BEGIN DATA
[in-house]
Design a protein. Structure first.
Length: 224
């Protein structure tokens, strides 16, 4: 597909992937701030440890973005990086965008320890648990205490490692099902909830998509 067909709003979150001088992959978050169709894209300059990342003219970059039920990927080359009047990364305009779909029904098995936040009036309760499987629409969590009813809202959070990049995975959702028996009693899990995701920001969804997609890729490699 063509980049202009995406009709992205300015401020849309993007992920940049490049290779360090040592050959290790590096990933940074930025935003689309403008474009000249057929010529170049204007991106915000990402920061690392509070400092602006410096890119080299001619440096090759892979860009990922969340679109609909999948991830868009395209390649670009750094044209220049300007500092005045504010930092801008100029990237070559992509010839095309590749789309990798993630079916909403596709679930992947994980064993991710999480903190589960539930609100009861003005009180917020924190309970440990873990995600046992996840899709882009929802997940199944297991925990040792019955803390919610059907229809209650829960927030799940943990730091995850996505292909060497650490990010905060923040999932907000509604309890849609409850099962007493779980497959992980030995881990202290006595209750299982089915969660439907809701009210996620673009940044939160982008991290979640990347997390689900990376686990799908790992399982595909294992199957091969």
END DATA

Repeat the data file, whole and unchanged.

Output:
[in-house]
Design a protein. Structure first.
Length: 224
């Protein structure tokens, strides 16, 4: 597909992937701030440890973005990086965008320890648990205490490692099902909830998509 067909709003979150001088992959978050169709894209300059990342003219970059039920990927080359009047990364305009779909029904098995936040009036309760499987629409969590009813809202959070990049995975959702028996009693899990995701920001969804997609890729490699 063509980049202009995406009709992205300015401020849309993007992920940049490049290779360090040592050959290790590096990933940074930025935003689309403008474009000249057929010529170049204007991106915000990402920061690392509070400092602006410096890119080299001619440096090759892979860009990922969340679109609909999948991830868009395209390649670009750094044209220049300007500092005045504010930092801008100029990237070559992509010839095309590749789309990798993630079916909403596709679930992947994980064993991710999480903190589960539930609100009861003005009180917020924190309970440990873990995600046992996840899709882009929802997940199944297991925990040792019955803390919610059907229809209650829960927030799940943990730091995850996505292909060497650490990010905060923040999932907000509604309890849609409850099962007493779980497959992980030995881990202290006595209750299982089915969660439907809701009210996620673009940044939160982008991290979640990347997390689900990376686990799908790992399982595909294992199957091969």